carnivalesque


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carnivalesque

(ˌkɑːnɪvəˈlɛsk)
adj
characteristic of, suitable for, or like a carnival
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References in classic literature ?
It was based on the deep persuasion that the man at my side was insane with quite another than Carnivalesque lunacy which comes on at one stated time of the year.
Pairing one Allen film with one Chaplin film in each chapter, she discusses the role of the carnivalesque in The Circus and Shadows and Fog; technology and alienation in Modern Times and Sleeper; the master/slave dialectic in The Great Dictator and Zelig; murder in Monsieur Verdoux and Crimes and Misdemeanors; romance in Limelight and Manhattan; and the films' endings.
The carnivalesque tale of the tangled fortunes of two theatrical families is packed with pairs of twins and mistaken identities and was inspired by the Bard's greatest comedies.
The playfully titled 'Ze Papu and Mamu Show'-a nod to the couple's terms of endearment-looked carnivalesque in the publicity material, echoing a variety show in a circus tent.
The carnivalesque atmosphere follows a tense May Day rally in Paris, when hundreds of masked and hooded anarchists torched cars and hurled rocks at police on Tuesday, hijacking a demonstration called by labor unions.
We argue in this article for the potential of the carnivalesque to promote creative engagement with, and opposition to, contemporary systems and ideas.
But any close look at Krampus practices reveals a rather different impulse at work as well: In these carnivalesque traditions, participants are "freed to act out" and to "create tumult wherever they go." Over the centuries, anxious authorities have tried to ban or tightly regulate these anarchic rites.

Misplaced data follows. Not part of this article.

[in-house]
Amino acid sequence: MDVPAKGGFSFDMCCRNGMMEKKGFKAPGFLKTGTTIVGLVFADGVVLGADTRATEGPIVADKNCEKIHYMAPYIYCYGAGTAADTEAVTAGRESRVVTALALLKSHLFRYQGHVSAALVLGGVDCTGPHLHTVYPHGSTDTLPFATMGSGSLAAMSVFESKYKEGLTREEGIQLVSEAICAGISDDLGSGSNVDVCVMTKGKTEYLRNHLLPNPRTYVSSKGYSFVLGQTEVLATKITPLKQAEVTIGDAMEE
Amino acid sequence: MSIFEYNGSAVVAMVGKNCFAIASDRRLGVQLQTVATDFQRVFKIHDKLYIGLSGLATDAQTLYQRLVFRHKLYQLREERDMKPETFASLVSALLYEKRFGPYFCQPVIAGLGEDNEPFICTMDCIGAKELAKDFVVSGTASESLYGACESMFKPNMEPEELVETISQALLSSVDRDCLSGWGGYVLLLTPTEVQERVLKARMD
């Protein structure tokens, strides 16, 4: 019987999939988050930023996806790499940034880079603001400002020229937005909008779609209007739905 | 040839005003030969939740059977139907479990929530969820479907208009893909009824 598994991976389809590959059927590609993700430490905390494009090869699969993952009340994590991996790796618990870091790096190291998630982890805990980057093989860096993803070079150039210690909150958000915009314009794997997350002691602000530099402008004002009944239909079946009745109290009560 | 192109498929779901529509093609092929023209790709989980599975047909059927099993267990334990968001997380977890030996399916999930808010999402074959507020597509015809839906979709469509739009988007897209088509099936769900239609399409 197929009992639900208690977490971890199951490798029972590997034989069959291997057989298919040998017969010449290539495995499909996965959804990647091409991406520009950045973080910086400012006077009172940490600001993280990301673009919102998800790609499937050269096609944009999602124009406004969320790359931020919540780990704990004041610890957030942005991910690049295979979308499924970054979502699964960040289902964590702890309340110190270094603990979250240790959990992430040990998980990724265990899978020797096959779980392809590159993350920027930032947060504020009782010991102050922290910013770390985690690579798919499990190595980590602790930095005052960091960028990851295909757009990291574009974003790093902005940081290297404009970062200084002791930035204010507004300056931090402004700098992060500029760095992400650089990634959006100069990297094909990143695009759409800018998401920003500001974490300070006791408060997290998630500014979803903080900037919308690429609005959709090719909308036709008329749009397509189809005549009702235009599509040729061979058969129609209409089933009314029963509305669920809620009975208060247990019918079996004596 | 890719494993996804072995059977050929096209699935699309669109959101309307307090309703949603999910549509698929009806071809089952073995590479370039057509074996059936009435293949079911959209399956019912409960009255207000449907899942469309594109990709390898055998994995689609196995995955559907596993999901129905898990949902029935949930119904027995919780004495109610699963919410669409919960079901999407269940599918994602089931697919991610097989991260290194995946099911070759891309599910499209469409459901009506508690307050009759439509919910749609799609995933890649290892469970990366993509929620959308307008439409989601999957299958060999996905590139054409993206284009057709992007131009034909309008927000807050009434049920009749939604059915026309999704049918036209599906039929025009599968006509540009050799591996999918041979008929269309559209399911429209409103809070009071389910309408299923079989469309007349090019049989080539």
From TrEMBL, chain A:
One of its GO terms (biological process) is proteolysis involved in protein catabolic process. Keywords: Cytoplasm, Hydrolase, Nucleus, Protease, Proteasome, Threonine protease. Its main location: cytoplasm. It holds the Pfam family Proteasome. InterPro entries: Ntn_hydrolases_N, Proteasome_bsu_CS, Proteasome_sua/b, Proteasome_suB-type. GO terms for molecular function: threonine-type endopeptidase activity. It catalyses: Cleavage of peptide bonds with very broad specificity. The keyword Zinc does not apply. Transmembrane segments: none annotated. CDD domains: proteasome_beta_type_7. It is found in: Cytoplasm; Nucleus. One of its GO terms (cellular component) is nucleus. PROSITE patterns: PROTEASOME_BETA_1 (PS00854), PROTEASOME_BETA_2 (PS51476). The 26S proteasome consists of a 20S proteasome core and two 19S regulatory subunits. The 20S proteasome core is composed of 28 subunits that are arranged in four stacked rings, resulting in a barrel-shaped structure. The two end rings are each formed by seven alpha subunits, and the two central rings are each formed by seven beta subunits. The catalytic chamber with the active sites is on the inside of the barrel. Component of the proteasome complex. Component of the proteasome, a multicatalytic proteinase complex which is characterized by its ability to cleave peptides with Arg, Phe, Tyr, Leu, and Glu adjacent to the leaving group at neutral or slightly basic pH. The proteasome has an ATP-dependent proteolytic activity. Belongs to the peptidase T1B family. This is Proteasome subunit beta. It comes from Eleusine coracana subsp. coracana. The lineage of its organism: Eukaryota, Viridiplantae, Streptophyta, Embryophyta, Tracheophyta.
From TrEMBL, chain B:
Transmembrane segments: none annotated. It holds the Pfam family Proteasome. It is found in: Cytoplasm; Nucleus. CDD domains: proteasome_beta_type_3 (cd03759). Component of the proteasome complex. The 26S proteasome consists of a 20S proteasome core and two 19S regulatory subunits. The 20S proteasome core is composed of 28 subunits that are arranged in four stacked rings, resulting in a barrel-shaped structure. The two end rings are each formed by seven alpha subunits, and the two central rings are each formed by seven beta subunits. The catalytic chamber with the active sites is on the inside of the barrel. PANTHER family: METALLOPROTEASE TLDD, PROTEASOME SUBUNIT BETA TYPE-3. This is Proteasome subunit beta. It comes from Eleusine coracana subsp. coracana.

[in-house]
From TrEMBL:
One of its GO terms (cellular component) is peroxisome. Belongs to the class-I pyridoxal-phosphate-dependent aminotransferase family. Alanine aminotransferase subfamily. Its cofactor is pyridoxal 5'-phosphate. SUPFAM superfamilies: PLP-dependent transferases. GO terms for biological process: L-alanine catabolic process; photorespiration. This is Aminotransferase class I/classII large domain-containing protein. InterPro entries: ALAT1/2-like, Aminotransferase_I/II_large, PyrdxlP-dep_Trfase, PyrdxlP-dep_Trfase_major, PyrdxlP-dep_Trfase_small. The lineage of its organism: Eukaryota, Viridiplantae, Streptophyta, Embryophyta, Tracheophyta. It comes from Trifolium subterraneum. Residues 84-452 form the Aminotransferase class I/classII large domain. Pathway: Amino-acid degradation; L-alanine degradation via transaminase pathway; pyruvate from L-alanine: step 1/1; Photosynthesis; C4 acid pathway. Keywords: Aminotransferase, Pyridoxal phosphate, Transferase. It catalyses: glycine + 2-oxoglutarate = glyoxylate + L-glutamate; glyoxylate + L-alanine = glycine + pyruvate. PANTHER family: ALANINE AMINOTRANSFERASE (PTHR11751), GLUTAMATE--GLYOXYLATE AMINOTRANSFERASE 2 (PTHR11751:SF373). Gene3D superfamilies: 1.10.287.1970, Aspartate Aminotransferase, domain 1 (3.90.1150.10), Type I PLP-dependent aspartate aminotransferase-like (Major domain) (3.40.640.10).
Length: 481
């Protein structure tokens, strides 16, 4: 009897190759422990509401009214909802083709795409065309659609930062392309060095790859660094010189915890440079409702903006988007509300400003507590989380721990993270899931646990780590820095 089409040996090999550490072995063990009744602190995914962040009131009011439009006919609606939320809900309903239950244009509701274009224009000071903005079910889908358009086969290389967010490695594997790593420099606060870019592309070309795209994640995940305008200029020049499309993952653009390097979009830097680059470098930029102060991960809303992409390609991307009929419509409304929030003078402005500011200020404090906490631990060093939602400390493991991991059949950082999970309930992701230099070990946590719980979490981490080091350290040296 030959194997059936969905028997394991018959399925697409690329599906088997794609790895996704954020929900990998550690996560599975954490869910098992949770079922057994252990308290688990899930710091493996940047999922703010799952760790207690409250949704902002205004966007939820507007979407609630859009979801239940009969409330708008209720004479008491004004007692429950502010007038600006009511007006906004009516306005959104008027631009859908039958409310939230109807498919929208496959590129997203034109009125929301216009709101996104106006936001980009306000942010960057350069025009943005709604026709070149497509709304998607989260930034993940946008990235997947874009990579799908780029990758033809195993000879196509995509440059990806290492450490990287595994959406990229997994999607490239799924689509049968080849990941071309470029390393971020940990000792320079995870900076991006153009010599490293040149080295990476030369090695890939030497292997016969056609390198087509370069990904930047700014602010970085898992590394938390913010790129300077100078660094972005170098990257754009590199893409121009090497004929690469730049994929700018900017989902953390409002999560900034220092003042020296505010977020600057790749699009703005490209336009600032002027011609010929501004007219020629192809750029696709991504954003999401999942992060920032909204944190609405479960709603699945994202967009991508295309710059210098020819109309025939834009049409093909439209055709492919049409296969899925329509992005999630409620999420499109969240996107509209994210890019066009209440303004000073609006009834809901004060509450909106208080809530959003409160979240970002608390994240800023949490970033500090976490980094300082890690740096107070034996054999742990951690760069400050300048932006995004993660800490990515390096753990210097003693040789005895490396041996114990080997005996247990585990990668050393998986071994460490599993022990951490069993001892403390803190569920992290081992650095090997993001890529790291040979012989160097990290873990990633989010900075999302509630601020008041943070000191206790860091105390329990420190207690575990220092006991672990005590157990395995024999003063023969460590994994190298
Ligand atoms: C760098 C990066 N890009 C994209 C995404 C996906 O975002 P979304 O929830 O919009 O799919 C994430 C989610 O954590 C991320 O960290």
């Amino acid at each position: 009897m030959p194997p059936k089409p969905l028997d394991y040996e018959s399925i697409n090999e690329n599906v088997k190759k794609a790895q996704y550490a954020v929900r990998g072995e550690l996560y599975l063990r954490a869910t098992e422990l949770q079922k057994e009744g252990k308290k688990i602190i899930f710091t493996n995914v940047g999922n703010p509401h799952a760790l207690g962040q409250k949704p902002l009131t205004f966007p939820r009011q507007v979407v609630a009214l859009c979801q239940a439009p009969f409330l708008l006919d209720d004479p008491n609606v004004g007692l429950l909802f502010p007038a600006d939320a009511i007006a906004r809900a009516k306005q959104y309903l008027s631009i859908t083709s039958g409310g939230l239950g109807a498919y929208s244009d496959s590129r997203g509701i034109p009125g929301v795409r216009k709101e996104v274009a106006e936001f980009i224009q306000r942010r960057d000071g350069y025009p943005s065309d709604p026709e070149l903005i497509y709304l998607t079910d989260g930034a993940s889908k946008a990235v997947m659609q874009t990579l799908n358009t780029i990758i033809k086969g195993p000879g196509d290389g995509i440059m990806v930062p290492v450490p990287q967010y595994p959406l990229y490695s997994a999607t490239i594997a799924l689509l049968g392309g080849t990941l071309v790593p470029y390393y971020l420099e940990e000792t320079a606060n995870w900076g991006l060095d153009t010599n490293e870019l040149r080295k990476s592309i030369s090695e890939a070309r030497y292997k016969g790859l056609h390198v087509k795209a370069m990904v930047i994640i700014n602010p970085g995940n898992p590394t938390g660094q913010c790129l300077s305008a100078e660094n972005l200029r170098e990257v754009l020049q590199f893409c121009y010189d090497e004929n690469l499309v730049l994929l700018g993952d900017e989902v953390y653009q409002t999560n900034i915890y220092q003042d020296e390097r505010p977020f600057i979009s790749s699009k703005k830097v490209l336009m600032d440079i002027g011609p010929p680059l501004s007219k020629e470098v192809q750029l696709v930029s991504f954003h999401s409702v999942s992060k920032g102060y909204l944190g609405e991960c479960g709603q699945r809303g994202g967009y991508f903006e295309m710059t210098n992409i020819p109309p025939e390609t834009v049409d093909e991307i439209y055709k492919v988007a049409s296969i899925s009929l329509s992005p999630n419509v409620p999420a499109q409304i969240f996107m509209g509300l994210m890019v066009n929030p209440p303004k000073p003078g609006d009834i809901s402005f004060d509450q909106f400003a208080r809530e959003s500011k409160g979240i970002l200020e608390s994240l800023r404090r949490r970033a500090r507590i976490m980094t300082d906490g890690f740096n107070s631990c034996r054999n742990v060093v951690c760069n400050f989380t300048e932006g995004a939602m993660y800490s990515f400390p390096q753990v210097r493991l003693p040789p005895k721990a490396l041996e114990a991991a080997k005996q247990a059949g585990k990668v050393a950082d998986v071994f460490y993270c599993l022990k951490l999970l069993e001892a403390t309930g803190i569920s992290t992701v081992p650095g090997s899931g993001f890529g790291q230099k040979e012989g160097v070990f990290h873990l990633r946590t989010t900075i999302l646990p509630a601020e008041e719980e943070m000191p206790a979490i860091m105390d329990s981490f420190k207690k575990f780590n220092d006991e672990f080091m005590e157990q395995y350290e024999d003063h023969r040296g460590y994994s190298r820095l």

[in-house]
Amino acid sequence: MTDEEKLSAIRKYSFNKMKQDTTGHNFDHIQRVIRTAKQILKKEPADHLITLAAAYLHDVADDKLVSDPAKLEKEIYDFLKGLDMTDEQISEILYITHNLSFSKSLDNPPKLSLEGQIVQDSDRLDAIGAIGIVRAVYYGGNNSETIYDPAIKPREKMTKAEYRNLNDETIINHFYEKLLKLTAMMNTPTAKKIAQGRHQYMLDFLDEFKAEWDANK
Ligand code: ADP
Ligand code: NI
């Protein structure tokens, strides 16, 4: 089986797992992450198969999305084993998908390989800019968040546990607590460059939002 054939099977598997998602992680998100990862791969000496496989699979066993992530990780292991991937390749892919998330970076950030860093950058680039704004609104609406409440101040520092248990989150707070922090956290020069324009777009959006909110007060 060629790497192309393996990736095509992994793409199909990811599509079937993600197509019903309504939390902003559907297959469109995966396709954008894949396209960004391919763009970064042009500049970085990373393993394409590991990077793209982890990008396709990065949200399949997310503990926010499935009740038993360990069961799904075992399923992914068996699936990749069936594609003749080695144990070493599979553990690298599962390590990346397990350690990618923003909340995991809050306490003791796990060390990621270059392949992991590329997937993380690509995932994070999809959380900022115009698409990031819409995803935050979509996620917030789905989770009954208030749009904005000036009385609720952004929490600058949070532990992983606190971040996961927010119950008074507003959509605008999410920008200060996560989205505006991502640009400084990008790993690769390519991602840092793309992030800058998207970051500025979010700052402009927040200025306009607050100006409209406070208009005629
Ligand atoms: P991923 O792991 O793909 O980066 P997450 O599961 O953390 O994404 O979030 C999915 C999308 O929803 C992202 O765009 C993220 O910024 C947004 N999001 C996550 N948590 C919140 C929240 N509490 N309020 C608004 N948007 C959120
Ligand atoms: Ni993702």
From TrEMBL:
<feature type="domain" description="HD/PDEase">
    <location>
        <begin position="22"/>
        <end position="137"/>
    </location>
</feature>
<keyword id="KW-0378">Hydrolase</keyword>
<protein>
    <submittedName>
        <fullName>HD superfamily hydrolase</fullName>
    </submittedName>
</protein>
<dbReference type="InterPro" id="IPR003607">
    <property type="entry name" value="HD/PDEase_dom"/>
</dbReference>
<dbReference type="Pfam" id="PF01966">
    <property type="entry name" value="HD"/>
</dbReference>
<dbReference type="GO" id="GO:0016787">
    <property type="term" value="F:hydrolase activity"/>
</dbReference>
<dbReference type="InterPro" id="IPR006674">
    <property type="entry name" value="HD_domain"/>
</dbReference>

Locating Robin Hood and the Carnivalesque in the U.S.
Embedded in the hidden line is also Su's notion of a modern renaissance of the carnival, a concept she borrows from Bakhtin's theory of the carnivalesque. She asserts that it was only in the twentieth century that the carnivalesque rose to mainstream comic aesthetics.
In his book on Rabelais, Bakhtin (1965) mentions Shakespeare's name several times, but never focuses on him: Shakespeare only makes his appearances as a background figure within the compass of Bakhtins carnivalesque theory.
Along with the contaminating and unreluctant hypersociability, such manifestations indicate a festive atmosphere of the carnivalesque kind.
What if, on the contrary, in order for us to interact in public with our true face, we have to have a mask hidden somewhere, a mask which renders our unbearable excess, what is in us more than ourselves, a mask which we can put on only exceptionally, in those carnivalesque moments when the standard rules of interaction are suspended?